Developing Matt

My Technical Journal

How to set up Database Mail in Sql 2005

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I’ve had to struggle with getting this to work. It should be clear cut, but can be a bit confusing when working with it, so I wrote this out when I did it last.  We were using Redemption to send emails, but since we have switched to sql server 2005 we have begun using database mail. So far I am very happy with it’s performance.

 


Enable Database Mail stored procedures

  • start…programs…Microsoft Sql Server…Configuration…Surface Aea Tool
  • Surface Area configuration for Features
  • Database mail…enable

Enable Service broker

  • Defined: “It provides a message-based communication platform that enables independent
    application components to perform as a functioning whole” (link)
    providing queuing and messaging components that can be used inside a single instance or
    inside a data/web farm (link)
  • Service Broker must be enabled in the msdb database, however database mail doesn’t
    use the networking piece of service broker, therefore no service broker endpoint is
    needed (link and link).
    To enable service broker:

    • Alter database msdb set enable_broker
      (do this for msdb as this is where the stored procedures for database mail are located)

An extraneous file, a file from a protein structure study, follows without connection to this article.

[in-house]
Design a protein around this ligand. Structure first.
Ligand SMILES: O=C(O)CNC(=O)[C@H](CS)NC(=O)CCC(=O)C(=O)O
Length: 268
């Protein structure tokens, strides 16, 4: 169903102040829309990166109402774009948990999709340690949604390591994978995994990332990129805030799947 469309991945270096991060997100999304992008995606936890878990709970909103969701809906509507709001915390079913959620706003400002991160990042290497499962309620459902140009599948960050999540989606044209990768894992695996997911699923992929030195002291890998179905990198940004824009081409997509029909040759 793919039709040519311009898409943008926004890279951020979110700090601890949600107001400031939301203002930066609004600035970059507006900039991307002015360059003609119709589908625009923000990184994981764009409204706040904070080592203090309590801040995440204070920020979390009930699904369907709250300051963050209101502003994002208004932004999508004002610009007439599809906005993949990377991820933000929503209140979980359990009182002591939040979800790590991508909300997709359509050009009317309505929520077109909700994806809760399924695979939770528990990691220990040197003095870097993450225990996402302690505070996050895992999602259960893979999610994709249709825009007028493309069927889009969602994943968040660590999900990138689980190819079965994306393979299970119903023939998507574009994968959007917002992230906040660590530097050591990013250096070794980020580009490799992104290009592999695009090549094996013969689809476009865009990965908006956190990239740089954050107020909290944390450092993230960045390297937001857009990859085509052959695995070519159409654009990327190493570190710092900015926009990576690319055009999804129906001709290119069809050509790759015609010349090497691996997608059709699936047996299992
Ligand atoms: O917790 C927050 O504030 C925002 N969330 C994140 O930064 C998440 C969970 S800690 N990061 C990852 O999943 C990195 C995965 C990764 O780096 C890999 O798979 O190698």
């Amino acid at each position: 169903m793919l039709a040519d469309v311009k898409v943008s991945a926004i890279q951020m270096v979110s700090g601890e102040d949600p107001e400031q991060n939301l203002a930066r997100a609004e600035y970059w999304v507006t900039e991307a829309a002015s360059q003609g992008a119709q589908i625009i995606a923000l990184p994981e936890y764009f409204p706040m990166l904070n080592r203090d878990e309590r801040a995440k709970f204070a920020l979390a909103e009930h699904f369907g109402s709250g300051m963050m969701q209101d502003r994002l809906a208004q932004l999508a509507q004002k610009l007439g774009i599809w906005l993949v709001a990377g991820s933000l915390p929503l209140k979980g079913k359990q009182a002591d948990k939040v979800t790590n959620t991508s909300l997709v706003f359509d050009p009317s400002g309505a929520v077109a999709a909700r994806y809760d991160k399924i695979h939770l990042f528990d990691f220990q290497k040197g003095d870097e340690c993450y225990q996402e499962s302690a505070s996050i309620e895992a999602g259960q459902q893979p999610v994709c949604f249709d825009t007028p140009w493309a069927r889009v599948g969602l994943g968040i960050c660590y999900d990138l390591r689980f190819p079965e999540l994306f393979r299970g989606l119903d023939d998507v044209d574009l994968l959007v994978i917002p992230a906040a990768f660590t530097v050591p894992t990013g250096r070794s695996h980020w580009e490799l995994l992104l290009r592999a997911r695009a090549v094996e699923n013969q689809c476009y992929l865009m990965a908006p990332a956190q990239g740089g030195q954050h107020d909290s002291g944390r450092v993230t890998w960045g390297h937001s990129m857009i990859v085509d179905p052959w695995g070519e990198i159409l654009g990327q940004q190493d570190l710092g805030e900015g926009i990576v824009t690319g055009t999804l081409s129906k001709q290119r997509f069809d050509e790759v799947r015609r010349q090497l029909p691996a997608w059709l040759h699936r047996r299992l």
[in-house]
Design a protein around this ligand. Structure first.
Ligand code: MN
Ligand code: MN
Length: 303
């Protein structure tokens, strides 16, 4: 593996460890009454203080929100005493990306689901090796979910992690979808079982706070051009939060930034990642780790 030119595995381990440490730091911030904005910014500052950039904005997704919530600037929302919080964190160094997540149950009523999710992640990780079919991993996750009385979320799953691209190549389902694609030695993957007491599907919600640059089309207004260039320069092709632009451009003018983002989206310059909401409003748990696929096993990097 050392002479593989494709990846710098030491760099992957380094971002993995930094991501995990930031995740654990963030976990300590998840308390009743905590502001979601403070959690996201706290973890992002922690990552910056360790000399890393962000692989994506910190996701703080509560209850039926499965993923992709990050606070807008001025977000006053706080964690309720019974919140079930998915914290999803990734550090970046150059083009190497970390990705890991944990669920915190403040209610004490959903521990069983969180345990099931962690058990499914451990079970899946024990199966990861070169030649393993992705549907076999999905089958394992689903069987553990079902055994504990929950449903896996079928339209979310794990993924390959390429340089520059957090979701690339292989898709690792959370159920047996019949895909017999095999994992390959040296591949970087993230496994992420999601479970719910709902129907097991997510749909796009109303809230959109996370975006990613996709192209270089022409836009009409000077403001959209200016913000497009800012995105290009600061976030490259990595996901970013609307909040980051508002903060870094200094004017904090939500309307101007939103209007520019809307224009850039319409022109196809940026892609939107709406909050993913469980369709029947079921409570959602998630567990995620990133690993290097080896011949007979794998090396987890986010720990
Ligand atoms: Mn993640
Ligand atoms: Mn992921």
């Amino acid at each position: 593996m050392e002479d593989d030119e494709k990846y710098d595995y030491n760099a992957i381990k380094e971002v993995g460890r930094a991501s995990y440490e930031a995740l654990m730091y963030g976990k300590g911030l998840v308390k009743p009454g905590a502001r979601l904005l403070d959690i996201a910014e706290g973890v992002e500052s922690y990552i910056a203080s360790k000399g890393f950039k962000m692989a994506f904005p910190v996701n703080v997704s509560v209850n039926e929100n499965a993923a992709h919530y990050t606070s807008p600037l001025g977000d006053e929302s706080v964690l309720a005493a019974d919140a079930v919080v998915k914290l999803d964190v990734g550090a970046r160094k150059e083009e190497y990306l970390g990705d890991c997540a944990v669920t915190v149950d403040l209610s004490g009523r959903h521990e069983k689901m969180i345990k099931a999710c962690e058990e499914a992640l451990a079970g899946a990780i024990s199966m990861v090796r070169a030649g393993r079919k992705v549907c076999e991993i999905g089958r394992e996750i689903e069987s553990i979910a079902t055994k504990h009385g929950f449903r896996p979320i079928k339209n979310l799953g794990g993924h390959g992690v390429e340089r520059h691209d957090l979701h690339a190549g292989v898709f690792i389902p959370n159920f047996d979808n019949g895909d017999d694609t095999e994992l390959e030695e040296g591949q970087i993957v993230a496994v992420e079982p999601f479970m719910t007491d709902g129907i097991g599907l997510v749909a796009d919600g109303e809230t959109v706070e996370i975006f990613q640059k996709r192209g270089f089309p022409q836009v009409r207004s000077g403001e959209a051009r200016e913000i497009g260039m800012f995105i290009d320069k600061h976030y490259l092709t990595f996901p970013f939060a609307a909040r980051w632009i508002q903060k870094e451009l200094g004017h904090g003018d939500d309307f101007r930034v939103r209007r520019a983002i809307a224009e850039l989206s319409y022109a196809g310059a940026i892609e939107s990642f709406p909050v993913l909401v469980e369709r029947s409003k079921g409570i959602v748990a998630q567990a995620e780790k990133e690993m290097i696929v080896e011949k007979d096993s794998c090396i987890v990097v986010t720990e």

• If this process hangs stop the sql server agent long enough for it to run and restart
      the agent (link)
  • Ensure it worked: select is_broker_enabled, name from msdb.sys.databases

Configure Database Mail

  • WITH GUI: In the Management Studio under Management select Database Mail to configure
    database mail

    • Use the first option to set up everything
    • Deleting a profile doesn’t seem possible with the GUI, so don’t screw up. Even
      though you get confirmation on a deleted profile it still exists.
    • Make sure to enable your profile as public
  • WITH T-SQL: Start a new query in the msdb database
    • From http://www.sql-server-performance.com/da_email_functionality.asp
    • declare @Accountname varchar(15)
      set @Accountname = ‘account name you want to use’
      declare @Servername varchar(15)
      set @servername = ‘exchange server name’
      declare @accountemail varchar(15)
      SET @accountemail = ‘account email you are using’

      EXECUTE msdb.dbo.sysmail_add_account_sp

      @account_name = @Accountname,

      @description = @Accountname,

      @email_address = @accountemail,

      @display_name = @Accountname,

      @mailserver_name = @servername

      EXECUTE msdb.dbo.sysmail_add_profile_sp

      @profile_name = @Accountname,

      @description = @Accountname

      EXECUTE msdb.dbo.sysmail_add_profileaccount_sp

      @profile_name = @Accountname,

      @account_name = @Accountname,

      @sequence_number = 1

      EXECUTE msdb.dbo.sysmail_add_principalprofile_sp

      @profile_name = @Accountname,

      @principal_name = ‘public’,

      @is_default = 1 ;

Test Database Mail and check the log (right click database mail object in sql management
studio)

 

If calling procedure from within another security context you will need to enable
execute on msdb.sp_send_dbmail to USER (i.e. forms authentication uses a single
windows login for all users)

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Written by matt

July 1, 2007 at 2:20 pm

Posted in Sql Server

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